I shook my head. My cousin Jeanette tugged at her bangs and sat back in her armchair. We were far from the hills of Turkey now, snuggled in my aunt’s home in deepest, darkest Norfolk.
“But, I do have the internet. There’s a great little USB device I can use in Turkey. As long as my computer’s charged I can connect pretty much anywhere.”
Jeanette grinned. “Internet in a tent? That’s hilarious.” Then she picked up her coffee cup. “But I could never live like that, I mean no electricity. It’s great, I love hearing about it, but I’d never do it.”
From the distant place her eyes went, I gauged she was imagining the implications of my life in all its powerless waterless glory. And from the look on her face the implications weren’t good.
My 94 year-old gran was huddled in the leather sofa next to us, ears straining to follow the conversation. She screwed up her brow on her beautiful (and yes my gran is still beautiful) face.
“Did you say you have internet in your tent?” She said. Gran’s eyes – eyes that have seen the birth of television, world wars, the Berlin wall go up and then down, and the techno-revolution – wrinkled in disbelief. She crossed one leg daintily over the other and folded her hands in her lap. “Well, I never did!” She said. “I couldn’t fathom it even in a house. But a tent!” From the way her face had crumpled we gathered she was caught somewhere between amazement and dismay. “Ooh,” she shuddered, “It’s all beyond me.”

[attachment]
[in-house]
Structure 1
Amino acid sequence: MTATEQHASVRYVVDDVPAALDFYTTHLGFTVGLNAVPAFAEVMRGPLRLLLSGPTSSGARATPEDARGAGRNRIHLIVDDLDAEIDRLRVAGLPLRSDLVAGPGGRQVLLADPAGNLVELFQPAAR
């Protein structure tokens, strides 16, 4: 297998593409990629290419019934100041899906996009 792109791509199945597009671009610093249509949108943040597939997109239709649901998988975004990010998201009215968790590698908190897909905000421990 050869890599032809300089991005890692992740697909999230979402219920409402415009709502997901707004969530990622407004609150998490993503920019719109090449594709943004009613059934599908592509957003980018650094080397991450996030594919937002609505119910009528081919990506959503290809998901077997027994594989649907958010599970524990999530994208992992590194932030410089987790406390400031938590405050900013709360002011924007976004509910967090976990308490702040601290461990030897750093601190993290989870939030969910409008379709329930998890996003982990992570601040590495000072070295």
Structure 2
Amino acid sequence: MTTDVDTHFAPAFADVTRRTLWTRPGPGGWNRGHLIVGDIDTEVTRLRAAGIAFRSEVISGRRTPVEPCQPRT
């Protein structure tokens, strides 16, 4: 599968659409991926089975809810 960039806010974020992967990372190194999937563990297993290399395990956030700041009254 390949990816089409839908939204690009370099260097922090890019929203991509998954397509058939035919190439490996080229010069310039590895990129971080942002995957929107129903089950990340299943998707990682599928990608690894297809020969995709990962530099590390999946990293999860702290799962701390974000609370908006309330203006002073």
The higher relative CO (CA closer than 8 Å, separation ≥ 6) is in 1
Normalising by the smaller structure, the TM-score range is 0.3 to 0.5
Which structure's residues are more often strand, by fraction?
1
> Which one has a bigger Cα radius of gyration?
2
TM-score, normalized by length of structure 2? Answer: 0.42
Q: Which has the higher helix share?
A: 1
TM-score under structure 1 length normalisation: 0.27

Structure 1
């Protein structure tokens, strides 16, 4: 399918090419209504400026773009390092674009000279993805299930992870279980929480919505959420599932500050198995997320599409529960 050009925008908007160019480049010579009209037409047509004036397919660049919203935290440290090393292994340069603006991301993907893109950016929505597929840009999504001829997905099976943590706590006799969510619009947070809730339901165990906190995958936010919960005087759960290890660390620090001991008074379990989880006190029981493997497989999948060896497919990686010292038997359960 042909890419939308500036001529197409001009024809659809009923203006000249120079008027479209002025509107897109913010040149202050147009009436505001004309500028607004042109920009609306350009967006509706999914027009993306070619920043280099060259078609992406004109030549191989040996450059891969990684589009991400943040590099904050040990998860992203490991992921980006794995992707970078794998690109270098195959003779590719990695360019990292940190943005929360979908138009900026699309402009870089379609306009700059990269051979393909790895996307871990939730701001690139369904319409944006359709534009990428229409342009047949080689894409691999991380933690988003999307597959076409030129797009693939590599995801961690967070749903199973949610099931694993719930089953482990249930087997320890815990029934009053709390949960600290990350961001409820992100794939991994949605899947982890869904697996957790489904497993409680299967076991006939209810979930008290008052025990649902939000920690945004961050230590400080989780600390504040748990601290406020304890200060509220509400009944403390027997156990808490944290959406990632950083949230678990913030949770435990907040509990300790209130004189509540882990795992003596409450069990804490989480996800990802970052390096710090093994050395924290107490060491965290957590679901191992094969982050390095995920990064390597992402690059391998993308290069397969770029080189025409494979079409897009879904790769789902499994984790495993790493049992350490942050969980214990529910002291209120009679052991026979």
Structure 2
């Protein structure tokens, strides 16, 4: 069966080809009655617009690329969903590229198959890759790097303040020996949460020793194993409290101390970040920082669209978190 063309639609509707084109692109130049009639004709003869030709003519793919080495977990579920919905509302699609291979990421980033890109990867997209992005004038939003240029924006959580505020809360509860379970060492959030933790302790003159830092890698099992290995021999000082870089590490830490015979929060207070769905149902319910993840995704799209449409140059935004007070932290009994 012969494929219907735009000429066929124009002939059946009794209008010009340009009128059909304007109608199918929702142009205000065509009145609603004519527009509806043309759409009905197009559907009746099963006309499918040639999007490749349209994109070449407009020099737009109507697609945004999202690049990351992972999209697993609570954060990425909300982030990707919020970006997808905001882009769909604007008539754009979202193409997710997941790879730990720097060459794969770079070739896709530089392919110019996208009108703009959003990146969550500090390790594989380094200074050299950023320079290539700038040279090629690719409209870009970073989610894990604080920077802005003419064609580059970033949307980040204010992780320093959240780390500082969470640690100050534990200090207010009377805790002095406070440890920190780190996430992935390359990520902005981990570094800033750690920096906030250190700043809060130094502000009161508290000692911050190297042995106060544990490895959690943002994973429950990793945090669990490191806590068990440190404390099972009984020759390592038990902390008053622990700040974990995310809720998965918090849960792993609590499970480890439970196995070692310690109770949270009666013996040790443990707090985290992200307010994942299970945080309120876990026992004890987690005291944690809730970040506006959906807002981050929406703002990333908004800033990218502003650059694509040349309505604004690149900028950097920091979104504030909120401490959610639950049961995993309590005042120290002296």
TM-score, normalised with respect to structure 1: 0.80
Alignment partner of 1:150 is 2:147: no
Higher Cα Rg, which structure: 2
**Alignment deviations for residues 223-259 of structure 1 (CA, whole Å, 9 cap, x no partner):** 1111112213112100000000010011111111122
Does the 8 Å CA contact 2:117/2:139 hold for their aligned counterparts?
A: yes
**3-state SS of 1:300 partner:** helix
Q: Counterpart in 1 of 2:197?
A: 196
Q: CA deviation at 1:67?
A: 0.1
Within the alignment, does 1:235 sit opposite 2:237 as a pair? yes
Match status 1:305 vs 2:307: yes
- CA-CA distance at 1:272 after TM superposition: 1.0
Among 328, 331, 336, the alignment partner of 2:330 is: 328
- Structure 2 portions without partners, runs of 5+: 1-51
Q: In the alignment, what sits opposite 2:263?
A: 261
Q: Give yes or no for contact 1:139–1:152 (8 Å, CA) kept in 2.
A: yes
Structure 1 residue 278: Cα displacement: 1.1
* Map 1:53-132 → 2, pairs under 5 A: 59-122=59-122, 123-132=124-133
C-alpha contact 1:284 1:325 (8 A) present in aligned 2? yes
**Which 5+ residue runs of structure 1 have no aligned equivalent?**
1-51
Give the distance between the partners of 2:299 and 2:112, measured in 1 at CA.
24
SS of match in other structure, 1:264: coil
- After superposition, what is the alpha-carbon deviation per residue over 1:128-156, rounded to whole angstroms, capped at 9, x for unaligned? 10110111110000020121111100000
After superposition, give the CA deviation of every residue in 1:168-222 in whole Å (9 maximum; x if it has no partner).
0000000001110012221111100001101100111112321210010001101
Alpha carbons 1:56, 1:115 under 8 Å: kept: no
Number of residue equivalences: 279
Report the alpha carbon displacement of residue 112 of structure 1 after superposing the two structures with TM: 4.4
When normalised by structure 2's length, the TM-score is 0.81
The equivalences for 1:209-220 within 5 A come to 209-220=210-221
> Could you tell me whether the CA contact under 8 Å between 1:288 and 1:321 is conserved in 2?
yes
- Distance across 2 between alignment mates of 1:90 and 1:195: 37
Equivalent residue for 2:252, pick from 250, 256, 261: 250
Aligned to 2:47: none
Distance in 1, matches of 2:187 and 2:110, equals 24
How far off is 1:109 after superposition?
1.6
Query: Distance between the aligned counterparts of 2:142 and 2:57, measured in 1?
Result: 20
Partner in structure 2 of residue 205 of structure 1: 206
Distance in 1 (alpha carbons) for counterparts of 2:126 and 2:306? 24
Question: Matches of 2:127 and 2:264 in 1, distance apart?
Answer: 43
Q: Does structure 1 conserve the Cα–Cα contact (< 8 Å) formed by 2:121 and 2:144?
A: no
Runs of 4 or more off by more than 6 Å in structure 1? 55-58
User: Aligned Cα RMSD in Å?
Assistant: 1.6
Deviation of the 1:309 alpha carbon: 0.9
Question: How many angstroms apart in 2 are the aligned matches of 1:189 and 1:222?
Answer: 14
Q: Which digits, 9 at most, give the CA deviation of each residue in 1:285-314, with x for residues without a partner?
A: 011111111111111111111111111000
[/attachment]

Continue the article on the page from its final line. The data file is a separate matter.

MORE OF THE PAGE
We all laughed. The light was already dying in the room, so my aunt reached over and flicked on the lamp. The hedgerow outside faded out of sight. Suddenly Jeanette pulled herself upright. Her eyes widened like a pair of licorice allsorts. She opened her mouth.
“Oh my God!” We all turned in her direction. She was staring at me, appalled. “You mean you can’t use HAIR STRAIGHTENERS?”